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Does upper management pressure mid-levels to make "tough" decisions, right or wr

  1. stanwshura profile image74
    stanwshuraposted 5 years ago

    Does upper management pressure mid-levels to make "tough" decisions, right or wrong?

    Asking especially those in those ranks:  do higher execs push their mid-level managers to prove their gumption/authority by making "tough" or radical, mean or outright bad decisions, for the "long term better good" of honing an aggressive, decisive junior/"up an coming" manager who cares more about proving (especially!!  her)self up to the pressure, than about milieu and/or those she supervises?

  2. profile image0
    Chuck Foxposted 5 years ago

    In most cases, it's more about the ability to make a decision, and less about the decision itself.

    You can teach someone the mechanics of any business (If "A" occurs, then do "B"), but the ability to actually make the tough decisions on ones own, that's something you can't train.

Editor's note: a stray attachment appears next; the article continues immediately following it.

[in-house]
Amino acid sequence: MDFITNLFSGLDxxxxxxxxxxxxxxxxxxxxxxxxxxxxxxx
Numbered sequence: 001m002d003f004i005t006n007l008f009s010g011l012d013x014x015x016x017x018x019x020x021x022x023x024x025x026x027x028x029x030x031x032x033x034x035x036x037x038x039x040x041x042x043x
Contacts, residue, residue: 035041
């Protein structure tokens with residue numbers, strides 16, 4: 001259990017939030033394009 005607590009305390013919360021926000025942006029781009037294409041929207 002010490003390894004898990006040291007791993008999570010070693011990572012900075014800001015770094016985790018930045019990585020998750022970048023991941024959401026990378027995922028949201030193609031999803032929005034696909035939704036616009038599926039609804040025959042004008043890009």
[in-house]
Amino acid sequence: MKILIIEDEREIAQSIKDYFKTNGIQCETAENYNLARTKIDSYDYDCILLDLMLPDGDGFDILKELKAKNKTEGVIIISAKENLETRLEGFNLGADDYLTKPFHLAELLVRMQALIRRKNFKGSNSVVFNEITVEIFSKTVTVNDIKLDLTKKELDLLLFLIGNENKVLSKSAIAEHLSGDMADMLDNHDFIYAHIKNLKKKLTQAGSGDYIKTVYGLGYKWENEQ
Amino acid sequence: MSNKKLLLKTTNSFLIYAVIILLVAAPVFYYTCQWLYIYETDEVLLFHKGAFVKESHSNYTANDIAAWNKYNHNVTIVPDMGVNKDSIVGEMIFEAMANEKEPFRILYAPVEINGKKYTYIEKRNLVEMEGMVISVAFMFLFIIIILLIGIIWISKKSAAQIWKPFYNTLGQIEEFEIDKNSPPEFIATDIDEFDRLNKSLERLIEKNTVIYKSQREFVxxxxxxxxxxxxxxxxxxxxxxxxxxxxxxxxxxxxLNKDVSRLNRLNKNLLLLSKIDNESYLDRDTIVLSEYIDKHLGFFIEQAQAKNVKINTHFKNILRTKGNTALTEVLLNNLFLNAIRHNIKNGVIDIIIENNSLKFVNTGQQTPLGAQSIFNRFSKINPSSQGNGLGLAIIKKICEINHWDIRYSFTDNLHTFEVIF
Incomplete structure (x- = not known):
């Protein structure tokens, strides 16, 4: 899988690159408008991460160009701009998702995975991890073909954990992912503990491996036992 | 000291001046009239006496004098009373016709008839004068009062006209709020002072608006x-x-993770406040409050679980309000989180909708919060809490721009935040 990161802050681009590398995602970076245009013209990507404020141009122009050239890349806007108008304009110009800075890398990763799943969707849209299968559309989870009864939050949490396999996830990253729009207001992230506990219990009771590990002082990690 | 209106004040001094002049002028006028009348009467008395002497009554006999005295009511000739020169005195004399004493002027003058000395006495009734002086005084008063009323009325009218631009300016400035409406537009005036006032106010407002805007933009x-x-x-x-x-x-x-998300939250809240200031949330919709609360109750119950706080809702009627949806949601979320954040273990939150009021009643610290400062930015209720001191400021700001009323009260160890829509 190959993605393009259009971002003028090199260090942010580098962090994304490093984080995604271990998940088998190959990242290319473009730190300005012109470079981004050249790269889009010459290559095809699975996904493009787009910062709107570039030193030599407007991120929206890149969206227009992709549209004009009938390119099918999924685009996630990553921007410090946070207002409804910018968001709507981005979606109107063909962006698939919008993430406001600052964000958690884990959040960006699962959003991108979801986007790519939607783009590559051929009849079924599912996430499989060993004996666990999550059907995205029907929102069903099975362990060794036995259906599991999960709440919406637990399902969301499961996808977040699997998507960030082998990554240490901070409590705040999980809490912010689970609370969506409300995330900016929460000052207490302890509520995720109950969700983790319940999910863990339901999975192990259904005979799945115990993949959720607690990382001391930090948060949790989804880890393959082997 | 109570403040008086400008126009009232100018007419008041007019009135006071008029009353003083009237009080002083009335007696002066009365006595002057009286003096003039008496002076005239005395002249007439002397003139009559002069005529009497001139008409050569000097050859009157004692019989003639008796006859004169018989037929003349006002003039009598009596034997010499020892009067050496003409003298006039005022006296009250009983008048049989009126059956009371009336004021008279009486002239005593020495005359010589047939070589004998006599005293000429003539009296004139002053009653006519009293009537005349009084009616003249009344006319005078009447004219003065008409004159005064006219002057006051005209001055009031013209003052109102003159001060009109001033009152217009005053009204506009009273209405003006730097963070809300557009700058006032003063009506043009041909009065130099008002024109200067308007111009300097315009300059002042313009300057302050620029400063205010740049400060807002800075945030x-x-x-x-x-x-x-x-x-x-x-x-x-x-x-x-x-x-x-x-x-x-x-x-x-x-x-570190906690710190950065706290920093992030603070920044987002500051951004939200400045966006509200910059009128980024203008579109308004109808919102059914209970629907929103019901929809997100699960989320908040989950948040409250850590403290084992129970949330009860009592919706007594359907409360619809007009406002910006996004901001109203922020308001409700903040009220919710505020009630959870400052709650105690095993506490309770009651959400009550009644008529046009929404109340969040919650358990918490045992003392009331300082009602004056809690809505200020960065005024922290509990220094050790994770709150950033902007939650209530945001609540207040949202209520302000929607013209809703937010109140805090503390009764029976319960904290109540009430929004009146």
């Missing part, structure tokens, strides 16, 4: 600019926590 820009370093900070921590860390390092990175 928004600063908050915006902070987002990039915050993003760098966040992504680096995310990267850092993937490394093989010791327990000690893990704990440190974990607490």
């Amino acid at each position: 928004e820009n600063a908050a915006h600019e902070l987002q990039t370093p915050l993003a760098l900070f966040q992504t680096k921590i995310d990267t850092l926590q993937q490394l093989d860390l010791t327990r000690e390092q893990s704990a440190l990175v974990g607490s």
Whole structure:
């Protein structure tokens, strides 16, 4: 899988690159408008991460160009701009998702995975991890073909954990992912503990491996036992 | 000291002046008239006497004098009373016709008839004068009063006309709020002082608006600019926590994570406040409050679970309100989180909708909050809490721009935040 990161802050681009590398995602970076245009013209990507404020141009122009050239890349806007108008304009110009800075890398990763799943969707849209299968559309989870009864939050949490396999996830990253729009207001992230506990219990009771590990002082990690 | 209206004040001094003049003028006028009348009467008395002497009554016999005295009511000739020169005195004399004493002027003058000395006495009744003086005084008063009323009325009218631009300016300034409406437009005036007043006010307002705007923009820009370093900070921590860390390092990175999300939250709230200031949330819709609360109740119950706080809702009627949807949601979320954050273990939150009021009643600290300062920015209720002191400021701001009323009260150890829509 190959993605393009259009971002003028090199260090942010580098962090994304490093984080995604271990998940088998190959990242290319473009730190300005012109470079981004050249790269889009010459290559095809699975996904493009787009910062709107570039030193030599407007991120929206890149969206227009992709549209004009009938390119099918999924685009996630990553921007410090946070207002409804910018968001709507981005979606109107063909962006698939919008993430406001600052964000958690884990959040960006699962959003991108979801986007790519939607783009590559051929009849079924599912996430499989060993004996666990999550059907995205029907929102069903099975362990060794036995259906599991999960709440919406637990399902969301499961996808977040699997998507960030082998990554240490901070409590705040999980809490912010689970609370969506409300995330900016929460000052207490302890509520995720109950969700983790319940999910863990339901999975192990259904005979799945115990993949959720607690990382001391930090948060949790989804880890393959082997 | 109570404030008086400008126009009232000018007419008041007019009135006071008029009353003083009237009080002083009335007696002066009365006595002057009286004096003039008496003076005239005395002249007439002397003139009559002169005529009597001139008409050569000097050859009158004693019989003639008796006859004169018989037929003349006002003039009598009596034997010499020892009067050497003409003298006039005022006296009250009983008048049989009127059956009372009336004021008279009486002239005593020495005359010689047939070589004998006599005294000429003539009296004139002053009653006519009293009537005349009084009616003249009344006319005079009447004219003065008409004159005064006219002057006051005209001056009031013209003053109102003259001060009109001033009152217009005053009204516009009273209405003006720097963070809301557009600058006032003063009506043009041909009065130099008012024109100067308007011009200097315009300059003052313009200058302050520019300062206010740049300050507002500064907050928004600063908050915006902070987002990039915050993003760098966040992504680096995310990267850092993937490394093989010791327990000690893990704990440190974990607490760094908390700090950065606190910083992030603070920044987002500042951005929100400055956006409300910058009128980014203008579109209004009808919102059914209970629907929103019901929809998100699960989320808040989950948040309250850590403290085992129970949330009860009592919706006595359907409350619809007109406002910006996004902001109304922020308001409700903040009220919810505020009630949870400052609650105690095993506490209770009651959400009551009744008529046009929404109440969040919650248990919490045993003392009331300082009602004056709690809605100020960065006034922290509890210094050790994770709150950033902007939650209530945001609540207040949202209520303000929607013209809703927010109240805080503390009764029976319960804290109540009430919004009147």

3. SidKemp profile image94
    SidKempposted 5 years ago

    I am sure that this happens. There are many companies out there with emotionally un-intelligent leadership that focus on toughness, instead of the real application of intelligence (intellectual and emotional intelligence) to solve and prevent problems.

    One company I consulted for required every manager to go through training in tough negotiation tactics. It was very successful when managers negotiated with vendors - they got great deals. But managers used the same technique internally, arguing over money that was just moving from one department to another in the same company! It was a ridiculous waste of energy and a real downer.

    Look up my hubs on leadership and synergy to learn more.

  4. grumpiornot profile image71
    grumpiornotposted 5 years ago

    In my experience, it is often the case that higher execs make the tough decisions but leave the unpleasant implementation to their juniors. Making the decision (for example to dismiss employees or implement difficult new strategies) is easy enough, but the implementation can be the more difficult aspect.
    The executives in a comfortable boardroom might decide that nobody gets a Christmas bonus this year, but some poor sod involved in the hands-on management of the staff gets to field all the flack.